Despite the protestations of some elderly anarchists, the generation gap is as evident among anarchist propagandists as among everyone else. Emma Goldman found this when she first met the elderly Kropotkin, and found that he deprecated her emphasis on the sexual revolution. I can well believe that the people producing new anarchist journals around New York in the second world war (I am thinking of Why?, Resistance, or Politics) became aware of the generation gap when they sought collaboration from survivors from the past, whose preoccupations and priorities, and language too, were different.
A famous biochemist from Argentina explained to me how at the same time he and other students in Buenos Aires started an anarchist group and got in touch with the veterans of suppression and imprisonment who were struggling to keep alive the famous journal La Protesta. CÈsar Milstein recollected that "We were the young students coming in, full of energy and wanting to take over the paper and change it. And they were the people obliged to say, 'That's all very nice, but after a few years you will disappear and we will have to keep the paper going.' And they were essentially right."
Two decades later, in the 1960s, on both sides of the Atlantic, another generation of young activists discovered anarchism but usually found few in the older generation to whose language they could relate. Paul Goodman used to talk about his "crazy young allies." And the young tended to invent a new style of anarchism of their own. This was chronicled by George McKay in his 1996 book Senseless Acts of Beauty: Cultures of Resistance since the Sixties, and, conscious a few more decades have rolled past, he now edits an updating volume about the current generation of protest in Britain. He is a Glasgow-born lecturer in the Department of Cultural Studies at the University of Central Lancashire in Preston. Simply to mention this and the background of other contributors is to draw attention to one of the gulfs between the old anarchists and the new. For the old, industrial cities call to mind the revolt of labor against capital, not new academic subjects in new flowerings of higher education.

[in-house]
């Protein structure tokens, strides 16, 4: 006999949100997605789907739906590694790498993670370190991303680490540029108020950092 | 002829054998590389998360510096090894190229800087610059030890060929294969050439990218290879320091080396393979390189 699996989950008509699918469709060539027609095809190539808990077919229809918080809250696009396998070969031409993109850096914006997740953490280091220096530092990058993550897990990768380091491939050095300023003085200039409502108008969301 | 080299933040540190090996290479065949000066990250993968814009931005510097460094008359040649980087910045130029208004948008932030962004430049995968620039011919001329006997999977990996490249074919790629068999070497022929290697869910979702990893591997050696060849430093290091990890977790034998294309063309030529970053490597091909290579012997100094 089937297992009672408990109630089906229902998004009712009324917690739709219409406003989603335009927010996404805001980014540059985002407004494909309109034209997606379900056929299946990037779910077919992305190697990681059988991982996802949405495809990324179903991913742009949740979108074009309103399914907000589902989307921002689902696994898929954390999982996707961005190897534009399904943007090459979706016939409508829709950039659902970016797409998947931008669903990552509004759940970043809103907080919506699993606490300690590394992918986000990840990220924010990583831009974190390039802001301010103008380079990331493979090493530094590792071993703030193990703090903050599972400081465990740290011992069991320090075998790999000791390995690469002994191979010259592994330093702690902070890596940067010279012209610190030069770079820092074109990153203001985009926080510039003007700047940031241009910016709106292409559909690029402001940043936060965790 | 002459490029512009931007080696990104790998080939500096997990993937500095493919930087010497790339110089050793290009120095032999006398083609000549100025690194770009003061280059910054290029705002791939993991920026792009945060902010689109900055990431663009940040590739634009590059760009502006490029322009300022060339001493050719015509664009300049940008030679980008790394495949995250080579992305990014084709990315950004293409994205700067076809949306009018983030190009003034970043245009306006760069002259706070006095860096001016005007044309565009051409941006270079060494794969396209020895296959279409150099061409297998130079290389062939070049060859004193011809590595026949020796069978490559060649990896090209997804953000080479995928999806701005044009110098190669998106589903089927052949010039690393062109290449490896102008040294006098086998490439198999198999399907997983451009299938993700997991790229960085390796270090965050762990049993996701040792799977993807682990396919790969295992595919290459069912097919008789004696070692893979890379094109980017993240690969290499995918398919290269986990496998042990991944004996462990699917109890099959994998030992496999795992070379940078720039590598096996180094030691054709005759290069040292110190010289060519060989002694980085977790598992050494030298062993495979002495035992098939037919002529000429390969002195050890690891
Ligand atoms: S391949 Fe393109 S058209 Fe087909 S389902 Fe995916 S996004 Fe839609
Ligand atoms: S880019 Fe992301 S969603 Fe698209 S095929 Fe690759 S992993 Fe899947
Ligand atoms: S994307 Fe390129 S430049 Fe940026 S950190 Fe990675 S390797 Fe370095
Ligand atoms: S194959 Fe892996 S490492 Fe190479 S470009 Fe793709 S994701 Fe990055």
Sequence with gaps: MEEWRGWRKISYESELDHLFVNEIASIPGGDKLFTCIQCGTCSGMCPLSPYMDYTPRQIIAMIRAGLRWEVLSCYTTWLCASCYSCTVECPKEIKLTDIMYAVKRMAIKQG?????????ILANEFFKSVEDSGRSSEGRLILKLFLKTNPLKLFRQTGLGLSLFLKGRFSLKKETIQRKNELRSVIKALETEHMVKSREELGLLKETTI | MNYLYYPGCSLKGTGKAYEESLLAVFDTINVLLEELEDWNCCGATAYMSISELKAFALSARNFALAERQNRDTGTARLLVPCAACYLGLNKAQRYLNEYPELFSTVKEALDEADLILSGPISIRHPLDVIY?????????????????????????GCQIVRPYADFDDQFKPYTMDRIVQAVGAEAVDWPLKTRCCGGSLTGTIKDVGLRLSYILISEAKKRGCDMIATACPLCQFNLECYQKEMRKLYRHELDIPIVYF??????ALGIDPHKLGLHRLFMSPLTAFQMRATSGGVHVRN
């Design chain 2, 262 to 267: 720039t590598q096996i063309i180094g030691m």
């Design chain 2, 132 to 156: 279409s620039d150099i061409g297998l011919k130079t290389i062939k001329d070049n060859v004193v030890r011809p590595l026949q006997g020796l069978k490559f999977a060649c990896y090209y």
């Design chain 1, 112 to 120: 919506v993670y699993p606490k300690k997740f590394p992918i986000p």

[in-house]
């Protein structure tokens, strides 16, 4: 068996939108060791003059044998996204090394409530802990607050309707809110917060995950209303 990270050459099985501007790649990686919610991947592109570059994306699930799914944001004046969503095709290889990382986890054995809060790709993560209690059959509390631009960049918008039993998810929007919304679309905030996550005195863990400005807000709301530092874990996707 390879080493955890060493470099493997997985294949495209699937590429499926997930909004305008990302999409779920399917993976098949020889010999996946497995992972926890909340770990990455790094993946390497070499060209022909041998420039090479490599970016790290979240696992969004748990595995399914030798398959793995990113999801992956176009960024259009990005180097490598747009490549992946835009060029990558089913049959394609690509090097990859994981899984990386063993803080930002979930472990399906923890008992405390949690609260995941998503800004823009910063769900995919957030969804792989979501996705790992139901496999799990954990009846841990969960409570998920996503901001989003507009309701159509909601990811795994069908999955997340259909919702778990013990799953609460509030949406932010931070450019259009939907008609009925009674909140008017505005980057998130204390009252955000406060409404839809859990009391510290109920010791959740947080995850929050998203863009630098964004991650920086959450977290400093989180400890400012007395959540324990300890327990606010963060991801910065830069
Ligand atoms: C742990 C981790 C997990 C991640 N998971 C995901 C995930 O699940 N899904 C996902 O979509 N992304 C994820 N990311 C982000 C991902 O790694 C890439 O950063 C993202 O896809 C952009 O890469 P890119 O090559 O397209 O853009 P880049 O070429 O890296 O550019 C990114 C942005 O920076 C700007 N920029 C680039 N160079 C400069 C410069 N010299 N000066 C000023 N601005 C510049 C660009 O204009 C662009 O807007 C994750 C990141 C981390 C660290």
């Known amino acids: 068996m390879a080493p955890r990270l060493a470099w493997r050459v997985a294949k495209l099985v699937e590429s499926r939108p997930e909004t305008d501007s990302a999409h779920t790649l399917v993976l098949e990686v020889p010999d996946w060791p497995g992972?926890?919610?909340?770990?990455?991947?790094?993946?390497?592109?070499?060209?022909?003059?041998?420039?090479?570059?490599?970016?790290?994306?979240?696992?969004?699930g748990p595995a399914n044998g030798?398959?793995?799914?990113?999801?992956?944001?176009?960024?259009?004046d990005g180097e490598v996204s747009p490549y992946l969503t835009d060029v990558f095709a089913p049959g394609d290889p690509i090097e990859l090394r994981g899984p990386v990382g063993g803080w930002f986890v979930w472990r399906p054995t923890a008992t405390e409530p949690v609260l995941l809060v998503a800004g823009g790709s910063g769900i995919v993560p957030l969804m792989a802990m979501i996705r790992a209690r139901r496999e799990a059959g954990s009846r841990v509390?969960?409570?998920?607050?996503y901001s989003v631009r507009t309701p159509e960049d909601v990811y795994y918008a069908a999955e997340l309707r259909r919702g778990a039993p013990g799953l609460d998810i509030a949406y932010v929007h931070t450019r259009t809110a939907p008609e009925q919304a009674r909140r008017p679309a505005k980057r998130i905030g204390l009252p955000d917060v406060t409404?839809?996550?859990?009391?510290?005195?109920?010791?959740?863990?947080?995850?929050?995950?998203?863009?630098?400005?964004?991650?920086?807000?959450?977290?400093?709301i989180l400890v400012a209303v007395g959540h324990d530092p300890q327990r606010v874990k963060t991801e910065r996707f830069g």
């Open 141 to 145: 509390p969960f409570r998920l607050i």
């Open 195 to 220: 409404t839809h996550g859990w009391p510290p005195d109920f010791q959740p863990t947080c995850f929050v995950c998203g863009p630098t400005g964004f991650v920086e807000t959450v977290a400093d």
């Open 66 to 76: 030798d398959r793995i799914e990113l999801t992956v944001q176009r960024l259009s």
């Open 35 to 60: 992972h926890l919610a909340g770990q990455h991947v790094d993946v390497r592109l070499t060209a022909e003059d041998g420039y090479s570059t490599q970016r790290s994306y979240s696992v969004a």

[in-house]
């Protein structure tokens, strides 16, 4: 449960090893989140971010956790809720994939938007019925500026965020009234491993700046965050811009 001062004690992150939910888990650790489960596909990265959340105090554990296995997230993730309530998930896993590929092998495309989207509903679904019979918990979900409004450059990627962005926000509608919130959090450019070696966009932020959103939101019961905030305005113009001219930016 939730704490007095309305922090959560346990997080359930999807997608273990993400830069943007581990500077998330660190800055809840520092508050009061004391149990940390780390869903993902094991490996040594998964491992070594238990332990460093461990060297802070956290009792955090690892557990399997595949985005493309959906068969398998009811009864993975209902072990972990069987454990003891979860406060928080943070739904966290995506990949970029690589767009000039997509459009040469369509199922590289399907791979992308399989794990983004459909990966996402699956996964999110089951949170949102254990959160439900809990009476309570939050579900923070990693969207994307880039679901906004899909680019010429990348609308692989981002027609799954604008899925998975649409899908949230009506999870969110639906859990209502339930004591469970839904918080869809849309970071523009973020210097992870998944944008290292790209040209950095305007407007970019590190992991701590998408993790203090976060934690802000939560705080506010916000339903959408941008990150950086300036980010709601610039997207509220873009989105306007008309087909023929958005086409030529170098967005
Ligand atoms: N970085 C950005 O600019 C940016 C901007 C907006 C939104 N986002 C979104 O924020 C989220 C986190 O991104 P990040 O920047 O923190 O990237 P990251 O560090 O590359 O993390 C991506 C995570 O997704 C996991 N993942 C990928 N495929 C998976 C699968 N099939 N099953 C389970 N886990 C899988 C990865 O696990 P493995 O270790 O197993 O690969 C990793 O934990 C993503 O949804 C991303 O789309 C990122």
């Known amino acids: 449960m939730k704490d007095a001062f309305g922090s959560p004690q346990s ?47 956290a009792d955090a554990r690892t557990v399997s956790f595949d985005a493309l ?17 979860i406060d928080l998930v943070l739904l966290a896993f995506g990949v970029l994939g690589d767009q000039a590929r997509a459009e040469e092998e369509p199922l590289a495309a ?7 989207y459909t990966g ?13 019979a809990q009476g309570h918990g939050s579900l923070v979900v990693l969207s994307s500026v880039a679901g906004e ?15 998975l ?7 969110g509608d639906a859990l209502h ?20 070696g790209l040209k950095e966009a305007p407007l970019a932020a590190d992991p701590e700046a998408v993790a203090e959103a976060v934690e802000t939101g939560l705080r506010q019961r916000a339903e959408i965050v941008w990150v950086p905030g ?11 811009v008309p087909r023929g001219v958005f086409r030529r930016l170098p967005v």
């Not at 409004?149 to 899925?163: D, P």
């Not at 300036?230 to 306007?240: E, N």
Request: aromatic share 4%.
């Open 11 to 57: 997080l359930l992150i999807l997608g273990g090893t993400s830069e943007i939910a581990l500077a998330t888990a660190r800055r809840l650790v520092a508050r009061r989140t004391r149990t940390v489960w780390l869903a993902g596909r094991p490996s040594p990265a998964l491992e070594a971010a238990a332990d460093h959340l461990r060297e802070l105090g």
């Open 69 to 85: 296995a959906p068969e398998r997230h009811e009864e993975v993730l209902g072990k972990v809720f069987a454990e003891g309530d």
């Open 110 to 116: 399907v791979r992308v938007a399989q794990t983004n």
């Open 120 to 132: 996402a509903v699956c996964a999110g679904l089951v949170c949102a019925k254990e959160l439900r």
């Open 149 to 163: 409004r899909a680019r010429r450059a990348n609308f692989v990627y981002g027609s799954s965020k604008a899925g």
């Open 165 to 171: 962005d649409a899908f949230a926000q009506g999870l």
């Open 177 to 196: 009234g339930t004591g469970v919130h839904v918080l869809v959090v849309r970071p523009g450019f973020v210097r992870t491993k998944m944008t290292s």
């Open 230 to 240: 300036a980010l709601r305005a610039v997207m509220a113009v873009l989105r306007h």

Much of the history of anarchism, whether we like it or not, is the history of anarchist publications, from Le RÈvoltÈ and Mother Earth to the journal you are reading now. One chapter in this book is about a magazine, and is by one of its founders, Jim Carey. This was Squall, started in 1992 and initially covering squatting, and the British government's response to it, the situation of gypsies and travelling people, as well as the culture of "raves" and the DiY dance culture. He believes that "as a result, much of the dour laboriousness associated with politics dissolves in a potent concoction of imagination, celebration and dissent." The anti-climax is that since this book went to press Squall has temporarily ceased publication for lack of money to pay the printer, but the good news is that the journal continues on a website, (www.squall.co.uk).
Several contributors describe the dance scene which, one of its historians suggests, "will continue to flourish not because of the strength of any 'movement' or the truth of an ideology, but simply because of the power of its combination of autonomous art and collective intoxication." Others are closer to the realm of traditional anarchism. George Mombiot, a well-known radical journalist in Britain, describes the campaign called The Land is Ours which staged a series of land seizures, both urban and rural, while other contributors stress the significance of the squatters' movement, both for its effect as an ideological demonstration against landlordism and as an immediate practical solution to personal problems.
Another peculiarly British campaign has been the obstruction of new road-building contracts, which has been chosen by young environmental campaigners as a battle -- ground with authority. The witty and resourceful protesters, living in tunnels or in tree -- houses have begun the process of changing the national mind, for when radical protesters become media heroes, the climate is beginning to change. The campaign is well -- described in this book.
I doubt if many anarchists of earlier generations were brought into their particular struggle by controversy over roads, but there aren't many militant activists around in more traditional fields of anarchist propaganda. On the other hand I become more and more aware that the people we have to convince of the validity of an anarchist approach, are not the campaigning heroes and heroines of environmental demonstrations, but our fellow citizens, both among the sizeable poverty-blighted minority, and among the apparently affluent and contented majority too.
DIY Culture: Party & Protest in Nineties Britain. Edited by George McKay. 310 pp. London and New York: Verso, 1998. $ 19.00 paperback.
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